When she was a young girl, Ann Green of Port Washington and each of her siblings received an elaborately decorated sugar Easter egg with their names on them. They looked through the peepholes to see the diorama inside. Hers had bunnies and flowers.
After Easter, her mother gathered the eggs and carefully packed them away for the next Easter.
“I later found out most children ate their eggs and got a new one each year,” Green said. “I guess my mother didn’t want six kids eating all that sugar.”
Green cherished her egg for 35 years until it was broken during a move.
The Easter tradition faded, probably replaced with plastic eggs filled with candy or prizes, but Green resurrected it in her family.
Six years ago, she purchased a two-piece egg mold with directions for sugar eggs. Now she gives them away to family and friends.
“They’re really easy to make,” Green said. “It’s just sugar and water. You can buy flowers, jelly beans and Peeps to put inside if you want. I just prefer to make my own.”
For Green, a professional baker who enjoys creating unusual cakes, decorating is second nature.
She uses royal icing, which is made of meringue powder, confectioners sugar and water, that dries hard to decorate the outside and inside of the egg. She makes flowers, leaves, butterflies and bunnies with the icing, then adheres them to the egg with the frosting.
“It is time consuming, and it takes a couple of times to get the right consistency and pack that egg tight,” Green said as she demonstrated how to make the eggs.
Enough water is added to sugar until it is the consistency of sand.
Green firmly packed the egg mold with sugar to the top, then turned it upside on waxed paper to dry for one to two hours. She scooped out the inside, leaving a quarter-inch-thick shell. She cut out a half-circle in the end of each egg half to form a peephole when the pieces are put together.
She turned the egg pieces upside down and let them dry for a day before decorating and assembling.
That’s the fun part. Green puts a scene in the bottom half — she’s partial to butterflies and flowers. She tried green-tinted coconut for grass, but didn’t like that as well as green frosting and small flowers. She sometimes adds jelly beans, M&Ms or other candy.
Her eggs are completely edible, so she doesn’t use plastic bunnies or flowers.
Children could decorate eggs with animal crackers or Gummy Bears, she noted.
When the bottom half is finished, she puts the top on with a bead of icing, then pipes a decorative design around the edge and peephole.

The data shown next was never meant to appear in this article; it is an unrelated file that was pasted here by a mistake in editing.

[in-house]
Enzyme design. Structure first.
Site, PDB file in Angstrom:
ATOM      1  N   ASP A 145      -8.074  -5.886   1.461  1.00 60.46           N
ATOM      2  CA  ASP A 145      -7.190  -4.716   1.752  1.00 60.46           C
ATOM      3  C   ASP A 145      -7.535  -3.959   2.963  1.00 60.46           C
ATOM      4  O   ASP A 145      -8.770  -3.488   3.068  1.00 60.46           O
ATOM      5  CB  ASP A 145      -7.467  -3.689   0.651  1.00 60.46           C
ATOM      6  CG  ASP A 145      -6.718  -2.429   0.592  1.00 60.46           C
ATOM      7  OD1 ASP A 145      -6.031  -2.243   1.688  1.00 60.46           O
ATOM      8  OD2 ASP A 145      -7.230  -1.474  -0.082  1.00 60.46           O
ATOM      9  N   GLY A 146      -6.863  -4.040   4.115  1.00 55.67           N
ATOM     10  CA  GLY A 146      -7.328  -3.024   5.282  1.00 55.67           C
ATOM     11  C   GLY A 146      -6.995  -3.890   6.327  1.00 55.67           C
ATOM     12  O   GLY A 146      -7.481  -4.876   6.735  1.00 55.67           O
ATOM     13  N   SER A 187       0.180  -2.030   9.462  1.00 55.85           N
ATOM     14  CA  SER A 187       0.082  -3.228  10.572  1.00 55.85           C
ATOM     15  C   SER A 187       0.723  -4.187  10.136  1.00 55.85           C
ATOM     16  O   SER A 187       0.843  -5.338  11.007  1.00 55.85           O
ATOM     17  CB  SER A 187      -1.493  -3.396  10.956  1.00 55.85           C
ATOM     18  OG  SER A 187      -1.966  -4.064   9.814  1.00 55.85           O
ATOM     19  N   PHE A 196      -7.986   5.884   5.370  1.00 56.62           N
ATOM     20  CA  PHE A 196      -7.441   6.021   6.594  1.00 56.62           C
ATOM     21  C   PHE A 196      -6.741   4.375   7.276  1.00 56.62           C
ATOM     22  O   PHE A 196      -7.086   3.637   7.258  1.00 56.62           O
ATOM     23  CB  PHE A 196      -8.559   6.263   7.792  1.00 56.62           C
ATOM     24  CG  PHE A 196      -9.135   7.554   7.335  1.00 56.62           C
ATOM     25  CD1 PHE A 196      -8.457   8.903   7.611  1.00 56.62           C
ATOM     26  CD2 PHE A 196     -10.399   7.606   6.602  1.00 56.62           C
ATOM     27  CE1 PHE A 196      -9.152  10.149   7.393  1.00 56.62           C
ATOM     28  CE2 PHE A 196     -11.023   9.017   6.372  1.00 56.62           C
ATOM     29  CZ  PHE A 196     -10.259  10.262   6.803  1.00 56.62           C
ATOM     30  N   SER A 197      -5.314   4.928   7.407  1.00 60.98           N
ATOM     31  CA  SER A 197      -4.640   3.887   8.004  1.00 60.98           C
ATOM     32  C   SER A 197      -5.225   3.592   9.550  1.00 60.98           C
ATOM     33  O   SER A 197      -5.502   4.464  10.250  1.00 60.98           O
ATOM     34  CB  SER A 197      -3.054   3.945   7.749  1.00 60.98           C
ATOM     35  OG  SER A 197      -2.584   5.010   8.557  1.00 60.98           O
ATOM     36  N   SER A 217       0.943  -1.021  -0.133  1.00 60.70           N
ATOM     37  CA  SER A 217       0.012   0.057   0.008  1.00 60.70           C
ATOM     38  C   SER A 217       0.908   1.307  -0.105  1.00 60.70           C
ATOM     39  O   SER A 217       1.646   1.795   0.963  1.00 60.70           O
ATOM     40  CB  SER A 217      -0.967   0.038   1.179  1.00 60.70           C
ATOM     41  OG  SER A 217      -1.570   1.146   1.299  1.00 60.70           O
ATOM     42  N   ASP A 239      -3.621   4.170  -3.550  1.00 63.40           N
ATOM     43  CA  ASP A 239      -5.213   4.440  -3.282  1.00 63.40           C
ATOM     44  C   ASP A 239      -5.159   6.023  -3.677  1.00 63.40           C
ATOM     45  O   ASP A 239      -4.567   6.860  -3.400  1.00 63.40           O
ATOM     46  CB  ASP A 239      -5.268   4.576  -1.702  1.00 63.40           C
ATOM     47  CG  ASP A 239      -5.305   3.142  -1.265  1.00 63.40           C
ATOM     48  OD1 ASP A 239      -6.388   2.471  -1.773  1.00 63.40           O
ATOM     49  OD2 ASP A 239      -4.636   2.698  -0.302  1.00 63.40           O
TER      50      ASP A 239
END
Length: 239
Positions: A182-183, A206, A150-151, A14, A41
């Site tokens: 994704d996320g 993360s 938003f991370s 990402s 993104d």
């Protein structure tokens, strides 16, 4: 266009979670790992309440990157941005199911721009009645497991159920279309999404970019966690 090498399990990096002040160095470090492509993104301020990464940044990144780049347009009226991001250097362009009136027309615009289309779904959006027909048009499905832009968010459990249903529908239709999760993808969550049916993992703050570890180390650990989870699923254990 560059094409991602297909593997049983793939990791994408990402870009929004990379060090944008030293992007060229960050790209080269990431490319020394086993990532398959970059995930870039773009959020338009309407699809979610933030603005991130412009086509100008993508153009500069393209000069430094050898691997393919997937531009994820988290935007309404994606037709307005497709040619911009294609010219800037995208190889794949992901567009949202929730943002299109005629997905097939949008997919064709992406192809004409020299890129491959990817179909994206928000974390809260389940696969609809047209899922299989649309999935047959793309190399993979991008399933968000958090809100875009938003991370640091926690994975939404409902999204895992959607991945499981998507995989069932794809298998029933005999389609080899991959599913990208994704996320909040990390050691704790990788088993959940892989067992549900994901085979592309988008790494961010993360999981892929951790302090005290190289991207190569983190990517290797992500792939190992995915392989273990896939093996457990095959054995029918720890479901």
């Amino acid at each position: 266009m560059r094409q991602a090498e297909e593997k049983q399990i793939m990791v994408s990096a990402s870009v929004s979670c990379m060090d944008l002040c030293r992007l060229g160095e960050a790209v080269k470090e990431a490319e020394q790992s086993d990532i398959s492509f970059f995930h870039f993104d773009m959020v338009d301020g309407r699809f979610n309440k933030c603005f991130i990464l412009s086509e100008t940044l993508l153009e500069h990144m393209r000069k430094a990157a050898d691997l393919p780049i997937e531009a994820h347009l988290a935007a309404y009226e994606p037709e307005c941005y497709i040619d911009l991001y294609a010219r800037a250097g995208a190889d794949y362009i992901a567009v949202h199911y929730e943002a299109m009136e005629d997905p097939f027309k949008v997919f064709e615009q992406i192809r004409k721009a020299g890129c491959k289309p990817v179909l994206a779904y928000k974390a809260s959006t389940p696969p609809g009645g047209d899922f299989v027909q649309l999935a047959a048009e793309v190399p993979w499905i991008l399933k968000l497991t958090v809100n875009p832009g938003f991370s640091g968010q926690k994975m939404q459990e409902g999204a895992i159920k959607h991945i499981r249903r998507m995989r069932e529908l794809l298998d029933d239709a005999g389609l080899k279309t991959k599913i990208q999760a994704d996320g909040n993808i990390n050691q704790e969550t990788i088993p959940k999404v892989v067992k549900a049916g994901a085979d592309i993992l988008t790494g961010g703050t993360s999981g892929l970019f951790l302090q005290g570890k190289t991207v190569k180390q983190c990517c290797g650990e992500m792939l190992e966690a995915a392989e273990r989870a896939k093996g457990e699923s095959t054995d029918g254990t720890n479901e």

Eggs without peepholes can be used to hold candy or gifts.
Green became a baker several years ago, but it’s something she’s wanted to do since high school. Her mother discouraged her daughter, noting it was a man’s domain at that time and the hours were terrible. Bakers work through the night to have fresh bakery ready when their shops opened.
Her mother wanted her to have a normal work schedule and social life, Green said.
She got a degree in therapeutic recreation, but Green said she always preferred baking.
After getting married and having children, she was a stay-at-home mom who worked in bakeries and recreation programs.
While living in Iowa, she baked cakes for customers from her home kitchen, something that’s not allowed in Wisconsin. She now has access to a commercial kitchen.
Green took a Wilton cake-decorating class in Iowa. When she moved to Port Washington, she took a professional baking course at Milwaukee Area Technical College (MATC) in Milwaukee.
She graduated with honors from the one-year program, which included making breads, pies, cakes and cake decorating. She then took an advanced pastries course, learning to work with spun sugar and chocolate.
“I had taught myself a lot of it over the years, but it was nice to go back to school and get the fine tuning,” Green said.
Far as their final class project, the 30 students created gingerbread houses for a competition. Green’s elaborate Victorian house, which had glazed-sugar windows, took second place.
She is now a member of the MATC advisory board for bakery and pastry arts.
Although she can bake almost anything, Green said, desserts, especially cakes, are her forte.
“You have to specialize in something. It’s difficult to do it all and do it well. I like desserts,” she said.
Everything on her cakes is edible. She often mixes rice cereal with marshmallow creme until its malleable enough to form items atop cakes, such as a dinosaur for a child’s cake or cowboy boots for the cast of Port Summer Theater’s production of “Oklahoma!”
For a photographer’s birthday, she made a cake shaped like a camera, complete with an edible strap.
She often makes cake baskets for Easter, filling them with flowers or colorful eggs.
For Christmas, Green made a gingerbread train that she donated to the Niederkorn Library in Port.
Green, who recently baked for the Java Dock in Port Washington, goes to state and national bakers’ conventions where she picks up new ideas and techniques.
Over the years, she has developed her own cake recipes, which are secrets she won’t share even with her family.
“I’m lucky to be able to go to work and do what I enjoy every day and be creative,” Green said.